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Winona LaDuke jailed while protesting Line 3 in Wadena County

The leader of Honor the Earth was arrested Monday for trespass and refusing to leave upon demand. A group of women is protesting the construction of the oil pipeline across Minnesota.

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Those opposed to the Line 3 replacement project stand and sit facing sheriff's deputies from the area including Wadena County on Monday , Jul 19, 2021, along the Shell River in northern Wadena County. Photo courtesy Honor the Earth
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Seven women were arrested while standing their ground Monday afternoon in front of pending Enbridge Line 3 replacement near the Shell River in Wadena County.

Among those women was Honor the Earth Executive Director Winona LaDuke. She along with three other women were booked into the Wadena County Jail for trespassing on critical public service facilities and refusing to leave upon demand. The other women booked into the jail Monday night included Mary K. Klein; Patricia J. Weber; and Barbara L. With.

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Honor the Earth Executive Director Winona LaDuke was arrested Monday, July 19, 2021, and booked into Wadena County Jail for trespassing and refusal to leave upon demand. Image courtesy Wadena County Sheriff's Office

A new release from Honor the Earth on Monday indicated that seven women were arrested on scene of the Line 3 oil pipeline right of way. It stated that the women were sitting at the river crossing "in peaceful prayer to oppose the construction of Line 3."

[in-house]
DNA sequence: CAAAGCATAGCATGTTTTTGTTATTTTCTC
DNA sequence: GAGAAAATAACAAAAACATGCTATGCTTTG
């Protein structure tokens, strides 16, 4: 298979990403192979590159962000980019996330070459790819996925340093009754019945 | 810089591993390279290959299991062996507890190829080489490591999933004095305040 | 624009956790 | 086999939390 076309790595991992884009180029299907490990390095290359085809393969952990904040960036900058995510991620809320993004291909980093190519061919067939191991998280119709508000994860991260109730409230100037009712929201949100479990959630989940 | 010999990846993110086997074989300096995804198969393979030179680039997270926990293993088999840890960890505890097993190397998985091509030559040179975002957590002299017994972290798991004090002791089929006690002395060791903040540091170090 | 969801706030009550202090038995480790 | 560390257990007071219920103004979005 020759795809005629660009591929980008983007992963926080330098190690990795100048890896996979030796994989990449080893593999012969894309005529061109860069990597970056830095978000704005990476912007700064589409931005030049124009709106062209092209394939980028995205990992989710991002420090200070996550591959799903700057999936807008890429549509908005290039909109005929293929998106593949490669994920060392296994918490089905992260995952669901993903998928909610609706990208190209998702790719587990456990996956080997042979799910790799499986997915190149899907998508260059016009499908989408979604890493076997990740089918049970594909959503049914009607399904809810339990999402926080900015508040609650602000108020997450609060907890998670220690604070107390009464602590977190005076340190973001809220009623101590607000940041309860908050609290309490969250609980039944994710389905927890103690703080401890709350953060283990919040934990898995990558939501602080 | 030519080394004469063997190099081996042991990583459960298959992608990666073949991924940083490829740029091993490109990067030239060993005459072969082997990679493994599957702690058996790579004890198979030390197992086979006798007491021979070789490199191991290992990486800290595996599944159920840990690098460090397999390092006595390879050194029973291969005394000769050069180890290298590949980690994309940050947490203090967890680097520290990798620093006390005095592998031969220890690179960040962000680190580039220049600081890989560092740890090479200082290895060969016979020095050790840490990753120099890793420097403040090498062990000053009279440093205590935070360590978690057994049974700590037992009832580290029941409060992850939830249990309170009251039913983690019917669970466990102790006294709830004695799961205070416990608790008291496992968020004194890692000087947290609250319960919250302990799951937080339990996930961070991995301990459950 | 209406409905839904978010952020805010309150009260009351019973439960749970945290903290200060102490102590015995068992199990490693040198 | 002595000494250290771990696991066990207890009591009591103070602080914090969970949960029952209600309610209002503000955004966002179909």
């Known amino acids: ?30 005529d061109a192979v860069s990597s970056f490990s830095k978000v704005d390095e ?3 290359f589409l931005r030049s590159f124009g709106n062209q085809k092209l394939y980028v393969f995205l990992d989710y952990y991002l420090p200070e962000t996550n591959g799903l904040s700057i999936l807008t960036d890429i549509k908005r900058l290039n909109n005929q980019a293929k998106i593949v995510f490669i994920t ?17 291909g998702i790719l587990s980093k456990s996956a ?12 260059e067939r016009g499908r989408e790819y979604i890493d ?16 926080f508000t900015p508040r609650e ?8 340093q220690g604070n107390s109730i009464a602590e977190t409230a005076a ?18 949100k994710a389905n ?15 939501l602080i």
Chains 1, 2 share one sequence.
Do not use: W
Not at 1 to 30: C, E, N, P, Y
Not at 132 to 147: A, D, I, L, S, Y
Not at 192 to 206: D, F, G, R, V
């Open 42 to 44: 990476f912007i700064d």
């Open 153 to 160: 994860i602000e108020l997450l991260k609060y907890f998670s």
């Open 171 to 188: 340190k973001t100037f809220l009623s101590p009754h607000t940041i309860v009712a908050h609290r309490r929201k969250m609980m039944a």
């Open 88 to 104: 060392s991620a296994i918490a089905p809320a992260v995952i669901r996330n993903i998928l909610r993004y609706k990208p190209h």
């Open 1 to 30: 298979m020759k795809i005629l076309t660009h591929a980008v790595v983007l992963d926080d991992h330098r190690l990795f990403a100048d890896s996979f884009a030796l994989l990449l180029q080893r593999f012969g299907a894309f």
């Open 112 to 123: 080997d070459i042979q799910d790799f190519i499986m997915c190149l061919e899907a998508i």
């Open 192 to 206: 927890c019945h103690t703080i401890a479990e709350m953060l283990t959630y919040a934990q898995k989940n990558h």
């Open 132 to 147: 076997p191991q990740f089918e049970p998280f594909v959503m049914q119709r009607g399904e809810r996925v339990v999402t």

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Protestors brought concerns over the water extraction occuring along the construction project at a time where the region has entered a severe drought stage and river levels have dropped to minimal flows in areas of northern Minnesota.

Last week, the Minnesota Department of Natural Resources suspended the use of some water sources due to low water flow in specific watersheds. Enbridge prepared for water restrictions to come into effect and adjusted their work plans to protect and conserve water, according to Juli Kellner, a communications specialist with Enbridge.

“The current drought conditions in Minnesota are concerning to everyone. Our project permits include conditions that protect the environment during construction and specifically wild rice waters,” said Barry Simonson Director of Mainline Construction for Line 3. “We are focused on protecting and conserving water, and continue to work with agencies on next steps.” Simonson added, “It’s worth noting that our pipelines have coexisted with some of the country’s most productive wild rice waters for seven decades.”

The Line 3 replacement project is already over 70% complete in Minnesota. This includes horizontal directional drilling (HDD) at over a dozen sites. During pipeline construction, where the water table is high, sometimes Enbridge will temporarily remove standing water from an open trench to ensure worker safety. Water is pumped out of the trench, filtered, collected nearby and then gradually released back to the ground, per strict environmental permits and regulations.

Replacement work is complete in Canada, North Dakota and Wisconsin. The project is on track to be complete and in service by the fourth quarter of 2021.

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